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Report to Congress on Columbia-class Submarine Program

The following is the Jan. 12, 2018 Congressional Research Service report, Navy Columbia Class (Ohio Replacement) Ballistic Missile Submarine (SSBN-826) Program: Background and Issues for Congress.

From the Report:

The Columbia (SSBN-826) class program, previously known as the Ohio replacement program
(ORP) or SSBN(X) program, is a program to design and build a new class of 12 ballistic missile
submarines (SSBNs) to replace the Navy’s current force of 14 Ohio-class SSBNs. The Navy has
identified the Columbia-class program as the Navy’s top priority program. The Navy wants to
procure the first Columbia-class boat in FY2021. The Navy’s proposed FY2018 budget requests
$842.9 million in advance procurement (AP) funding and $1,041.7 million in research and
development funding for the program.

The Navy as of January 2017 estimates the procurement cost of the lead ship in the class at
$8.2 billion in constant 2017 dollars, not including several billion dollars in additional cost for
plans for the class, and the average unit procurement cost of ships 2 through 12 in the program at
$6.5 billion each in constant FY2017 dollars. A March 2017 GAO report assessing selected major
Department of Defense (DOD) weapon acquisition programs stated that the estimated total
acquisition cost of the Columbia-class program is $100,221.9 million (about $100.2 billion) in
constant FY2017 dollars, including $12,648.1 million (about $12.6 billion) in research and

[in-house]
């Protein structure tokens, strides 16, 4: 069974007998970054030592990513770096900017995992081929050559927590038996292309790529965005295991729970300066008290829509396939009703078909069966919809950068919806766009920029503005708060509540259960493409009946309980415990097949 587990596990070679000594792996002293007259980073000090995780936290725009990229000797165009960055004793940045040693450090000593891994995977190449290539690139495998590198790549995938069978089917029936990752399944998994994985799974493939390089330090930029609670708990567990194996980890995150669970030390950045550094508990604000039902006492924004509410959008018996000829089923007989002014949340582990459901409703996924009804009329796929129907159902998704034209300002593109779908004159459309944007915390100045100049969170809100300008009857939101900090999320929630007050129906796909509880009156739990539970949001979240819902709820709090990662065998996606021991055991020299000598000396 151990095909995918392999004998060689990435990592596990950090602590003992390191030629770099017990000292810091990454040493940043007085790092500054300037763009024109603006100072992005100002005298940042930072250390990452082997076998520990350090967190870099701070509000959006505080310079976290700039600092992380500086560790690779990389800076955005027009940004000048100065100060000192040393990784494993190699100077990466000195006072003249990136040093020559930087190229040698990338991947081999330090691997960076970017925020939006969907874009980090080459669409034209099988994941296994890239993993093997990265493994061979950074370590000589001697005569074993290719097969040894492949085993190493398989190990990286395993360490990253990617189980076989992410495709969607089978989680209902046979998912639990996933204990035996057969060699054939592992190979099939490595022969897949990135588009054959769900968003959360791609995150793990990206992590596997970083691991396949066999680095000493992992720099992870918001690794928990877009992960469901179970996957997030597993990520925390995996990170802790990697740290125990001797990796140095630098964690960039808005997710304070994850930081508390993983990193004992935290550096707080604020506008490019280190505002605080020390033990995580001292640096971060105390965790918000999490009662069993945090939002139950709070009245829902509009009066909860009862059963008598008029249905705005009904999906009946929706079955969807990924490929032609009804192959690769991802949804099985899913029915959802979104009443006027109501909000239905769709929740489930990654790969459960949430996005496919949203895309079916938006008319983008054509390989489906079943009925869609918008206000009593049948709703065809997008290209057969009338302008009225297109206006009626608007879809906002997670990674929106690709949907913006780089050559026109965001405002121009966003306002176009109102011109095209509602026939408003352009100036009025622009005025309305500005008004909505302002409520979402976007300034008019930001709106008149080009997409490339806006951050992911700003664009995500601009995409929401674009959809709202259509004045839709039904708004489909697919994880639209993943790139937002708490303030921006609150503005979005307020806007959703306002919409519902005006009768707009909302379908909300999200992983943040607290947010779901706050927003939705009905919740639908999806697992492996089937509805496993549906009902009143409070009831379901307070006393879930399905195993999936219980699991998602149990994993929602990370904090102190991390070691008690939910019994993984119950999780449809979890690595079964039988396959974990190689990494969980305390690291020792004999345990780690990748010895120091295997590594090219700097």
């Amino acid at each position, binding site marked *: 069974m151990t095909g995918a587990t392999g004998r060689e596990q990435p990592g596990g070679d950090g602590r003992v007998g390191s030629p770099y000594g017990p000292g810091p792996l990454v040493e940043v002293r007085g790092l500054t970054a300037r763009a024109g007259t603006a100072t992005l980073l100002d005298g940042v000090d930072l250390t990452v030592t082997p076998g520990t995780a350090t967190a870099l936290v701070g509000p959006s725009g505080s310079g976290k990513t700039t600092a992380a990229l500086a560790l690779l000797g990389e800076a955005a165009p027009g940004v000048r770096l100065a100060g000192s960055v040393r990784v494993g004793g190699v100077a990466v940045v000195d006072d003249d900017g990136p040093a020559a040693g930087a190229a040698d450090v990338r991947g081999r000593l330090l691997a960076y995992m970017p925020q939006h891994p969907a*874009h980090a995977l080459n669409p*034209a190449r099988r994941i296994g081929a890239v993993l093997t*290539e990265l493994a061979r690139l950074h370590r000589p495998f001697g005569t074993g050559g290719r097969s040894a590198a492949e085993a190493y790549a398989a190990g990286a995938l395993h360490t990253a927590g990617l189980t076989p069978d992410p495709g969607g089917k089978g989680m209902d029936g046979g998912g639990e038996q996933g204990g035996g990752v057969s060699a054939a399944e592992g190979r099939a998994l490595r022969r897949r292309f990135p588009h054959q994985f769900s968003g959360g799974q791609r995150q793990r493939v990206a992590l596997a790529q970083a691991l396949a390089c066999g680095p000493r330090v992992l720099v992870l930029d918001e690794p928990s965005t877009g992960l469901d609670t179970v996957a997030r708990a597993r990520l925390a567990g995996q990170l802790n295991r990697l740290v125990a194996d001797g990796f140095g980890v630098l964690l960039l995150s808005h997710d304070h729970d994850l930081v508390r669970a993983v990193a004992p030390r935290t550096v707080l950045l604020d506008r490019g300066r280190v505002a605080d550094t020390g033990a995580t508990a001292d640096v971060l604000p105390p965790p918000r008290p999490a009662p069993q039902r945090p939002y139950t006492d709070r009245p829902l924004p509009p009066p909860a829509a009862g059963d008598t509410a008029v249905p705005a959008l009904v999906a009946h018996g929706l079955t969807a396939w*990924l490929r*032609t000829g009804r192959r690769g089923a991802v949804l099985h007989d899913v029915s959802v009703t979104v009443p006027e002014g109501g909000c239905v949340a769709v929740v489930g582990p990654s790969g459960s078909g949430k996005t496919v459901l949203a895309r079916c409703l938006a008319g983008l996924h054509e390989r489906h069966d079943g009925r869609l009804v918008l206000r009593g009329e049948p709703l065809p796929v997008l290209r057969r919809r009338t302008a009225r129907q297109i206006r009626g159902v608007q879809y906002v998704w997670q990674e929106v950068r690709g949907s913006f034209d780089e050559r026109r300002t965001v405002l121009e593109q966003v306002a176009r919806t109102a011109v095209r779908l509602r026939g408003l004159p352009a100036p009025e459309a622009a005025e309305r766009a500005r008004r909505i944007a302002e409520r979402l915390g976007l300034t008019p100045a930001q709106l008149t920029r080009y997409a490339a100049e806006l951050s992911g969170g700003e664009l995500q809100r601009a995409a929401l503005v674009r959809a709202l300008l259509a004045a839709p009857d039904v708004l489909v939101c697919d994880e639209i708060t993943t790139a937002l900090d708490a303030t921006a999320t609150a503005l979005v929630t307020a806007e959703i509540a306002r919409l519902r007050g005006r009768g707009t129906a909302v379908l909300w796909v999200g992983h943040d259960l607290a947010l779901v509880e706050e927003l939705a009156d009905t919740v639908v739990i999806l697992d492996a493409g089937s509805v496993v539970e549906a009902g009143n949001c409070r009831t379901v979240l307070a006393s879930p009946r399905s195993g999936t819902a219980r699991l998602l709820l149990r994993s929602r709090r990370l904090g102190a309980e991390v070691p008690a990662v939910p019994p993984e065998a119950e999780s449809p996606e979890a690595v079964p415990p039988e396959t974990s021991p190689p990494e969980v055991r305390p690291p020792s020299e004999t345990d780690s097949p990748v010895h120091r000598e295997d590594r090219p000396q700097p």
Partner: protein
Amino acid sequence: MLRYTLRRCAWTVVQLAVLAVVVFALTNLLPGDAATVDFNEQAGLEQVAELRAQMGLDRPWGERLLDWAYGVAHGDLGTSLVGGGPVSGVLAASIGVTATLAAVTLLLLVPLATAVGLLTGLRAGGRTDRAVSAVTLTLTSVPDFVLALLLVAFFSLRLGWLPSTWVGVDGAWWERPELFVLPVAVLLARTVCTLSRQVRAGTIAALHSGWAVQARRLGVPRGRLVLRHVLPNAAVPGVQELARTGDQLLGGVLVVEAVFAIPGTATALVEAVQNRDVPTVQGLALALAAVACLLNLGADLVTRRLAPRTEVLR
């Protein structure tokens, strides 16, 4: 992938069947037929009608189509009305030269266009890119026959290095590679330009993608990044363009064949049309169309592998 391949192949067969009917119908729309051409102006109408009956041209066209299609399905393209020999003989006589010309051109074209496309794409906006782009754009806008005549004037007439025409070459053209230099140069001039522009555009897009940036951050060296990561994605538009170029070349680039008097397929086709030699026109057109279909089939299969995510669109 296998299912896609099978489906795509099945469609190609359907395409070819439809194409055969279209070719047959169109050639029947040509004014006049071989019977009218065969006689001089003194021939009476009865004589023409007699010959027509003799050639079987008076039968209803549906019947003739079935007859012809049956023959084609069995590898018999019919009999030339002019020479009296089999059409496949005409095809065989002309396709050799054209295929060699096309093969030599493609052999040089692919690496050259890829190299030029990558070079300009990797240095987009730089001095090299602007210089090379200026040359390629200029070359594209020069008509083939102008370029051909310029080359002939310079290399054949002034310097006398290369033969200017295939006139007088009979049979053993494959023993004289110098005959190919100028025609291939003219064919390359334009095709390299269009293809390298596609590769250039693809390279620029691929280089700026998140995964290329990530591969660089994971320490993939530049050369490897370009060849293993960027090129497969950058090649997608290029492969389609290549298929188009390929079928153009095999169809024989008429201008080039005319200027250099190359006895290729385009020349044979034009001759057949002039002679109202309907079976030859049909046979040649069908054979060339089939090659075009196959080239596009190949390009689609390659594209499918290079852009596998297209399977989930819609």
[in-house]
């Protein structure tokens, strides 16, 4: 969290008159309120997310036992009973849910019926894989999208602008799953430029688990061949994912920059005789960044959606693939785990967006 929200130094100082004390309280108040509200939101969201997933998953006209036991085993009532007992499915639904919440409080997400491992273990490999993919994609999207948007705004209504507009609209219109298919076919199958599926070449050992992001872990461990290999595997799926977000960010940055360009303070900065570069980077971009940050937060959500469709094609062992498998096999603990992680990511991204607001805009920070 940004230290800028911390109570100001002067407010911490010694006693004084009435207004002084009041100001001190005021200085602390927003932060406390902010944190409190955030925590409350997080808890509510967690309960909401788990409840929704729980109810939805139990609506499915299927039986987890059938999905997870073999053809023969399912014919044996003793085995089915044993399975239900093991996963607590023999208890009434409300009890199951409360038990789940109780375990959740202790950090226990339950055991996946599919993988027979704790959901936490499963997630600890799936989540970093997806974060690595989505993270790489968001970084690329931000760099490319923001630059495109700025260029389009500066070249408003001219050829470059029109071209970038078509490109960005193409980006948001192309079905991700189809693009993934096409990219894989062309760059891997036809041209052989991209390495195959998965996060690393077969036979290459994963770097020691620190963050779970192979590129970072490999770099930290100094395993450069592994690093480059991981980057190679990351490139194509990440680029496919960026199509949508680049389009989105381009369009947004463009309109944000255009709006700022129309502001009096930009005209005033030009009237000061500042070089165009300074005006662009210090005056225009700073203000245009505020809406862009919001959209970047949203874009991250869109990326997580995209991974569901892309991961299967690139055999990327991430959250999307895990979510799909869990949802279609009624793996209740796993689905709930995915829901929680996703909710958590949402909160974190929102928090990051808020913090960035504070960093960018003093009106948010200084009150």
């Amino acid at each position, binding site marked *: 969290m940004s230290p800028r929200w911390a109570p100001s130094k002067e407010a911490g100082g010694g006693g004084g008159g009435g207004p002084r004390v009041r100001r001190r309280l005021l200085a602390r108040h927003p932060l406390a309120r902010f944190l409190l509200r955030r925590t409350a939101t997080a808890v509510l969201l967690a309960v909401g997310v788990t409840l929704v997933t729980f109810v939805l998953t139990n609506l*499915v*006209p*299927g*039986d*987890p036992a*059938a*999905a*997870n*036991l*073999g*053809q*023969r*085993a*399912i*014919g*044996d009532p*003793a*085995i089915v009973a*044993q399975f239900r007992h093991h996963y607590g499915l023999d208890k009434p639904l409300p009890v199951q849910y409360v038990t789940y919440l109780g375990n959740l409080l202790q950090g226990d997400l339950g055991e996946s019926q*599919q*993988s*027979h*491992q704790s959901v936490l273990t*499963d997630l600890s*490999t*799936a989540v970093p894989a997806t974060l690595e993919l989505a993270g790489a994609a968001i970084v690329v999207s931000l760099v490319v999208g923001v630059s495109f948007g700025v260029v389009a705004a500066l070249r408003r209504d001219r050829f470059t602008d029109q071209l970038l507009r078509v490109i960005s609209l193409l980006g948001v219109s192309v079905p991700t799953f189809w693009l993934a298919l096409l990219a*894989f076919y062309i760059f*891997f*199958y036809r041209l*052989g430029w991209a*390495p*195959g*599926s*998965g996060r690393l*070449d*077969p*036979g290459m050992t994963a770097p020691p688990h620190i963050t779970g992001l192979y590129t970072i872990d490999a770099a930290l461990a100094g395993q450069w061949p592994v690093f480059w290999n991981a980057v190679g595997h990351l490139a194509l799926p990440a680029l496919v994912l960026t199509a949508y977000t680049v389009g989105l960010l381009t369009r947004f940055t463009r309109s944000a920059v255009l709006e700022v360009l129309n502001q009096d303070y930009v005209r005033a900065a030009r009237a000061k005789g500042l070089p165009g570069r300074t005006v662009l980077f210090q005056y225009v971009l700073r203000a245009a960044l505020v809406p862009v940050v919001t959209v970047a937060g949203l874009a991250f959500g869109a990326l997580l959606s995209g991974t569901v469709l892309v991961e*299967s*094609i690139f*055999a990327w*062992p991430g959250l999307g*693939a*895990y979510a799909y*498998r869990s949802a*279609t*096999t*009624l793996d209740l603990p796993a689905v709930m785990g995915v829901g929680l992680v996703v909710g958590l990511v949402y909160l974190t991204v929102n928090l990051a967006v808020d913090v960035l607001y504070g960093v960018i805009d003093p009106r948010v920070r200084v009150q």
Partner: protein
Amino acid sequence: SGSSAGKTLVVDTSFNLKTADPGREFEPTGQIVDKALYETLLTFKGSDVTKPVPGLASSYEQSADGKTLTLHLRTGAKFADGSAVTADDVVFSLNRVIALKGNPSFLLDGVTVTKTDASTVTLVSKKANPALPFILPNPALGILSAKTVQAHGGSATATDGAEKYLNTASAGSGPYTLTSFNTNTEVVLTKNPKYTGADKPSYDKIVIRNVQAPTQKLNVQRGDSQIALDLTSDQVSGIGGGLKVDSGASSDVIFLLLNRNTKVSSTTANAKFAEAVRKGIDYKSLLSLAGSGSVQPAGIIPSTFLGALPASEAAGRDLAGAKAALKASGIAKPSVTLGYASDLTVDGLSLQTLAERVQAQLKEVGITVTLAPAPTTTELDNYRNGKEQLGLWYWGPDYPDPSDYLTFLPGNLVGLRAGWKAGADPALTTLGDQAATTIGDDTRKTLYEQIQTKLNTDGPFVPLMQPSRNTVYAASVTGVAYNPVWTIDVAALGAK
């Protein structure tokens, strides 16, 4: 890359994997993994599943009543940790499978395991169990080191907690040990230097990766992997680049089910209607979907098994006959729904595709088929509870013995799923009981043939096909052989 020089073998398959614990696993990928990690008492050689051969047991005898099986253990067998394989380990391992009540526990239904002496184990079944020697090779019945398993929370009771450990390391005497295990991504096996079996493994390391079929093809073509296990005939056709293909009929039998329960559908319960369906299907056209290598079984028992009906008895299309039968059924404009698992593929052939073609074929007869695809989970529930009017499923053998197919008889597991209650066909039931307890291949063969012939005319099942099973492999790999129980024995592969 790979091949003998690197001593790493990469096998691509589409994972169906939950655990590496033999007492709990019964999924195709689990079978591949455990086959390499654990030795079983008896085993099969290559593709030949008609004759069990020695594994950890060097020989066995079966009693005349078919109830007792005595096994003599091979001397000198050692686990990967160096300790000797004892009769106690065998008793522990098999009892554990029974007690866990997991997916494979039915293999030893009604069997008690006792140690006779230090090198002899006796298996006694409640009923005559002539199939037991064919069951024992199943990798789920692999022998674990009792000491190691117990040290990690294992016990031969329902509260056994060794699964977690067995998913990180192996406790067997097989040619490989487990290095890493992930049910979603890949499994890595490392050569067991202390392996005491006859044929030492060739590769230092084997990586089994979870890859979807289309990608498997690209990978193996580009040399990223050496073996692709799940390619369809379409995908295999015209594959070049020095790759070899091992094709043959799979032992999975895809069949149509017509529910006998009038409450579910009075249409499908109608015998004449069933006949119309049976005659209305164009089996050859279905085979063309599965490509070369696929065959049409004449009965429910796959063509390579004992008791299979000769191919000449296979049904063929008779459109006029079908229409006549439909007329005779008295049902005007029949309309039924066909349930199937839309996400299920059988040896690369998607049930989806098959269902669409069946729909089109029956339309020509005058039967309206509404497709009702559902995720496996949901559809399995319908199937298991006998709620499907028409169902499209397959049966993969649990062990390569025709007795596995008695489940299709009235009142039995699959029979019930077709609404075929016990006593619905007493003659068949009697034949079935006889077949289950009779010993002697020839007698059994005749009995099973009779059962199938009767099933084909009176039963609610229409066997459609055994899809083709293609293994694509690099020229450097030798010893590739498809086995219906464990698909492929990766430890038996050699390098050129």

development costs and $87,426.5 million (about $87.4 billion) in procurement costs. Observers
are concerned about the impact the Columbia-class program will have on the Navy’s ability to
fund the procurement of other types of ships at desired rates in the 2020s and early 2030s.
Issues for Congress for the Columbia-class program for FY2018 include the following:

  • whether to approve, reject, or modify the Navy’s FY2018 funding requests for
    the program;
  • the impact of using a CR to fund Department of Defense (DOD) operations for
    the first few months of FY2018 on the execution of FY2018 funding for the
    Columbia-class program;
  • cost, schedule, and technical risk in the Columbia-class program; and
  • the prospective affordability of the Columbia-class program and its potential
    impact on funding available for other Navy programs.

via fas.org

  • David Oldham

    Maybe they’d be less of a burden on the rest of the Navy’s shipbuilding budget if they built one SSBN every two or three years on a continuing basis, sort of like aircraft carriers, rather than one a year then a 15 or so year gap before building the next class. Seriously do SSBNs need to be the absolute top of the line in technology.

    • Rocco

      What planet do you live on!!! Maybe you lease cars instead of buying long term with that mind set!!

    • exnuc

      Ignorance is bliss.

      • Rocco


  • Secundius

    I heard that the “Columbia” class has issues with it’s Nuclear Power to Hybrid Electric Drive System (i.e. “Rare Earth Magnets”)…

  • Ed L

    A hole in the ocean is easier to find than something producing natural background noise

    • El Kabong

      How so?